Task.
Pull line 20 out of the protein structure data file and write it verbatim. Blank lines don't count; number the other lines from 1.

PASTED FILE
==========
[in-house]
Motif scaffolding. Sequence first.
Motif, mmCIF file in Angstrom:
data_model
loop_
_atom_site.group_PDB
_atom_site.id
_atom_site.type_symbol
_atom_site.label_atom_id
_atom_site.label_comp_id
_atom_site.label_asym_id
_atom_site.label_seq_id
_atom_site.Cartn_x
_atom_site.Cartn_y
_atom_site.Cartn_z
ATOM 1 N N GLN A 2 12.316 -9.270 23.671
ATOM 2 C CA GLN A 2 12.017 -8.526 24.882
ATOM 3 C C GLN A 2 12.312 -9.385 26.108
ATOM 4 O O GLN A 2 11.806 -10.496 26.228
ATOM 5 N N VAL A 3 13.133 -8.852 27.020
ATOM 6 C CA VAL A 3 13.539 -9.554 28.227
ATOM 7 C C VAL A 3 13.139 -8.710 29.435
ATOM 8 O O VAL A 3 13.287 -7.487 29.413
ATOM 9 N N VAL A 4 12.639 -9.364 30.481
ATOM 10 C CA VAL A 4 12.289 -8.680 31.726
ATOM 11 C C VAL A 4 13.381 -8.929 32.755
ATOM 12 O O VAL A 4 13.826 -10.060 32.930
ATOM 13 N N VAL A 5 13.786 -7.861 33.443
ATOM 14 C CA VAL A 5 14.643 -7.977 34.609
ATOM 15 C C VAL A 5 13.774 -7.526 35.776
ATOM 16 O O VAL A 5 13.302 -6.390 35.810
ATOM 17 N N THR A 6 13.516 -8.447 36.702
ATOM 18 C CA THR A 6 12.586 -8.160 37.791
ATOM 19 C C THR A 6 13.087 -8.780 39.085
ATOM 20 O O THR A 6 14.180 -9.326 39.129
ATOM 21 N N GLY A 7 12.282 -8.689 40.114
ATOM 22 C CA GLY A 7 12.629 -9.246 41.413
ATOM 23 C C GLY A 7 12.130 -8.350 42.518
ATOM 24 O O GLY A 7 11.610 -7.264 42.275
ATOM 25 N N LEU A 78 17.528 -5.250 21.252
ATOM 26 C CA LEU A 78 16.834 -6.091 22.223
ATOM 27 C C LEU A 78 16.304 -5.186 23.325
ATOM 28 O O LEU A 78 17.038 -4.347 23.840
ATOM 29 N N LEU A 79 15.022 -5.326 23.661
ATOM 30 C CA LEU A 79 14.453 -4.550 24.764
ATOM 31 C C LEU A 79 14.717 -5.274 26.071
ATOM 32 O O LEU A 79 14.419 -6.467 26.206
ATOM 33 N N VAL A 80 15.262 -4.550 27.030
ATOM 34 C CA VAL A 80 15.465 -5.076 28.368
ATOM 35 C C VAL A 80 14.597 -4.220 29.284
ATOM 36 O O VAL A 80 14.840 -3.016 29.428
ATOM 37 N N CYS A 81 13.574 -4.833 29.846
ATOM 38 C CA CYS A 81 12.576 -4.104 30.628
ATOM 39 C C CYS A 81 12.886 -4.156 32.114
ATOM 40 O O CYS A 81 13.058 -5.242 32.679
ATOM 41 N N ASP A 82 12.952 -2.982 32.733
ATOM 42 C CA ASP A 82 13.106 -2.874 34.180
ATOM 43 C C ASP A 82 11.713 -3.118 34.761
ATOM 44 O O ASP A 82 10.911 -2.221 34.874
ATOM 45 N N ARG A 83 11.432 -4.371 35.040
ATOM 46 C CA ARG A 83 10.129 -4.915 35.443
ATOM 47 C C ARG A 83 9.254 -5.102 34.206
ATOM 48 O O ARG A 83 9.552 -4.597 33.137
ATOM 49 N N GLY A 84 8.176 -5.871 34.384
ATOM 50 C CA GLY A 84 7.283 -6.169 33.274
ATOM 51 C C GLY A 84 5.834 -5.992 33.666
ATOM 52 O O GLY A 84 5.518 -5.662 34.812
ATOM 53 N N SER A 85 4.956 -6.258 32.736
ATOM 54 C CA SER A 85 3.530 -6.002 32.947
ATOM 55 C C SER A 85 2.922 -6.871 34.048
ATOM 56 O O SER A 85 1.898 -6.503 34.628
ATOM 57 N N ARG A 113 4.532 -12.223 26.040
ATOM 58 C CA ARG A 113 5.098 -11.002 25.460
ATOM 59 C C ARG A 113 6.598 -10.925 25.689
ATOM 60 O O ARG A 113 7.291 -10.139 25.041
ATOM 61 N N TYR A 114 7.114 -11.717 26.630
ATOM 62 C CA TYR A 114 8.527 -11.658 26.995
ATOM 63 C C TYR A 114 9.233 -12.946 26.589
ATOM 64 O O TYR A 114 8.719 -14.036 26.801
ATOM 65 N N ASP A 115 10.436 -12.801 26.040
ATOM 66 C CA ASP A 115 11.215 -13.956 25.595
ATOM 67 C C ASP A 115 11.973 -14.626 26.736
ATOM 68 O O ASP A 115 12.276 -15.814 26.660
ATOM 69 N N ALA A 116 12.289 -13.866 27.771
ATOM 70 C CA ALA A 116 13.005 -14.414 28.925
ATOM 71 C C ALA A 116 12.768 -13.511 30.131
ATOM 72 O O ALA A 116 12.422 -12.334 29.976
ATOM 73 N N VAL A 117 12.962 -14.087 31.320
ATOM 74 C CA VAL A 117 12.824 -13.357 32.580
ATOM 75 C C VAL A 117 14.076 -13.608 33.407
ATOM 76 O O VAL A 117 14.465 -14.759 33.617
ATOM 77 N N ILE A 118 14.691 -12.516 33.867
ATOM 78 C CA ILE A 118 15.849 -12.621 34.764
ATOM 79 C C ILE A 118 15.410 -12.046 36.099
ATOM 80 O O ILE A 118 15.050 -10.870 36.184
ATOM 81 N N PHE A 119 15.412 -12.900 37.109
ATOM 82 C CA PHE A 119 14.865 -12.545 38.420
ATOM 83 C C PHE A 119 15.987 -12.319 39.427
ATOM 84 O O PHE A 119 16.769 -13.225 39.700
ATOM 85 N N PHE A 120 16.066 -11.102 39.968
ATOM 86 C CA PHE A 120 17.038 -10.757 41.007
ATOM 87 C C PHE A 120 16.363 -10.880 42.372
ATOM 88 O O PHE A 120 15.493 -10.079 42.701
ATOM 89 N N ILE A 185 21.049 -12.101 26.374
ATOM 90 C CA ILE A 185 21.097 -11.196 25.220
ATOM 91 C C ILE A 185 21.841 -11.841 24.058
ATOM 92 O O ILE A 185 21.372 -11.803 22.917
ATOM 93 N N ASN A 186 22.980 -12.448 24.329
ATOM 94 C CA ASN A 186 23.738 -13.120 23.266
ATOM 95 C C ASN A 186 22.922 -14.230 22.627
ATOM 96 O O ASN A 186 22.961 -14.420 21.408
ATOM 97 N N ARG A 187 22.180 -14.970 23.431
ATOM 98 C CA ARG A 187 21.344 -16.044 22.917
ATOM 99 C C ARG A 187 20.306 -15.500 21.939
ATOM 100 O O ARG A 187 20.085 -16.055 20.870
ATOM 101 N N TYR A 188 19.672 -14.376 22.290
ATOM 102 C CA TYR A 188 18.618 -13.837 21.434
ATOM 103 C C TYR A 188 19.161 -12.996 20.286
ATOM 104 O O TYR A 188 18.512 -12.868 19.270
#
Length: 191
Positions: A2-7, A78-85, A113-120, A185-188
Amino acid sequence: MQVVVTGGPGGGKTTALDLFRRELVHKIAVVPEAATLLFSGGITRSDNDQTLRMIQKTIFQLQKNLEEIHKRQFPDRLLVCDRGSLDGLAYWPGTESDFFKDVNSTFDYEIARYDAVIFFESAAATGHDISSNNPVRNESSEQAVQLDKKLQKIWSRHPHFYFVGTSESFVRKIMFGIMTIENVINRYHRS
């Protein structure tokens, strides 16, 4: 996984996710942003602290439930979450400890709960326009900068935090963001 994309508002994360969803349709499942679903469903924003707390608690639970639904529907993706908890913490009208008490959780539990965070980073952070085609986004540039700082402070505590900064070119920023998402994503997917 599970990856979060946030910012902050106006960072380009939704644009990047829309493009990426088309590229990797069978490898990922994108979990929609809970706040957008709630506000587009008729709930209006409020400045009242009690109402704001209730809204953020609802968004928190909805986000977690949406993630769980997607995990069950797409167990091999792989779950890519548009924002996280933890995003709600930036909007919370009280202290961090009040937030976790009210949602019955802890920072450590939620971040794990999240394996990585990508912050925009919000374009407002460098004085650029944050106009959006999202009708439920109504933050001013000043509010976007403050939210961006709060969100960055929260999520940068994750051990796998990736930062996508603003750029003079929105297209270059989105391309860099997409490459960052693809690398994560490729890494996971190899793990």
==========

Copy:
ATOM 5 N N VAL A 3 13.133 -8.852 27.020